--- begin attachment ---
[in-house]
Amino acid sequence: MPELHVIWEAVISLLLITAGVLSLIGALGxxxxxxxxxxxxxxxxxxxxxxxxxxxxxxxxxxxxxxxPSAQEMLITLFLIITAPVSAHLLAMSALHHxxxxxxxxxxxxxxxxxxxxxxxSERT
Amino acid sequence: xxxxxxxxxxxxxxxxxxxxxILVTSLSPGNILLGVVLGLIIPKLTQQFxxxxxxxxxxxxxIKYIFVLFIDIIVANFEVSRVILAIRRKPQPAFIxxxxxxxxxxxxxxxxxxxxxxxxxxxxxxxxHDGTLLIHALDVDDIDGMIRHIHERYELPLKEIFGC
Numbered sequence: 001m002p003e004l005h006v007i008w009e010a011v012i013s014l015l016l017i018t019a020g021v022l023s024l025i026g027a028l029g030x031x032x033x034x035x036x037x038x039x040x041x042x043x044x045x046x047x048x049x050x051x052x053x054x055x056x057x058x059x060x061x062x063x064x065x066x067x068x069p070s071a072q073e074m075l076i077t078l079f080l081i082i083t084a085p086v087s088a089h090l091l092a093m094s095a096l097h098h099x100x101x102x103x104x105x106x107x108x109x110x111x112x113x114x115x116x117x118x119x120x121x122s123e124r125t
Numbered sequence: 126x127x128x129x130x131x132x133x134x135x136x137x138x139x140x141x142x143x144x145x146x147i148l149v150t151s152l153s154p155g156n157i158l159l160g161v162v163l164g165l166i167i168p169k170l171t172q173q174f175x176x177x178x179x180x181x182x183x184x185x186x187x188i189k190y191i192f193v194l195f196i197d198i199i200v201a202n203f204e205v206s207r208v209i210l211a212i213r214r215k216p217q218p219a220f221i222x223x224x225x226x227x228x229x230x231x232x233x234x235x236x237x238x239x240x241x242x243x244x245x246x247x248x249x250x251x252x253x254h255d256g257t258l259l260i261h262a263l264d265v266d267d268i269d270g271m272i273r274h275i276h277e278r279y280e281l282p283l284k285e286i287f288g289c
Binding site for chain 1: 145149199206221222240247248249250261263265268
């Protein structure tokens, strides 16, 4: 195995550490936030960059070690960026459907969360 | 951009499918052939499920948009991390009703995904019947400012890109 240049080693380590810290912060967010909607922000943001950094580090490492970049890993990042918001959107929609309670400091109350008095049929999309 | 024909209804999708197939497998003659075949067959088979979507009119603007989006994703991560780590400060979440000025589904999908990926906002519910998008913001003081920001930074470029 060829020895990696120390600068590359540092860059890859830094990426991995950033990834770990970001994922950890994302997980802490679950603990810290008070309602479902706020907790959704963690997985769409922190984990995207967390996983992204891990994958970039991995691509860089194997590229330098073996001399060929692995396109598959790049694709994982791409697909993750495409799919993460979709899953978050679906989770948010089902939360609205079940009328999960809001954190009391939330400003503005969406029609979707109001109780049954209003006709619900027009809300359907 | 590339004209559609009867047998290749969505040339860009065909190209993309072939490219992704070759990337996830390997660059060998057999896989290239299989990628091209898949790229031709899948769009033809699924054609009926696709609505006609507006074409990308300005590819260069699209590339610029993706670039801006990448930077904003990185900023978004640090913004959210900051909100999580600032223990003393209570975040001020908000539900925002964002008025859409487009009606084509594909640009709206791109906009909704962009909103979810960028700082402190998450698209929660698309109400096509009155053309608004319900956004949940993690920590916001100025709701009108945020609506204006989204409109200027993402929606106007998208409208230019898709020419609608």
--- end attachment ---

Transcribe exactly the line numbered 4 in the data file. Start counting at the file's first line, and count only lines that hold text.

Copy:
Numbered sequence: 001m002p003e004l005h006v007i008w009e010a011v012i013s014l015l016l017i018t019a020g021v022l023s024l025i026g027a028l029g030x031x032x033x034x035x036x037x038x039x040x041x042x043x044x045x046x047x048x049x050x051x052x053x054x055x056x057x058x059x060x061x062x063x064x065x066x067x068x069p070s071a072q073e074m075l076i077t078l079f080l081i082i083t084a085p086v087s088a089h090l091l092a093m094s095a096l097h098h099x100x101x102x103x104x105x106x107x108x109x110x111x112x113x114x115x116x117x118x119x120x121x122s123e124r125t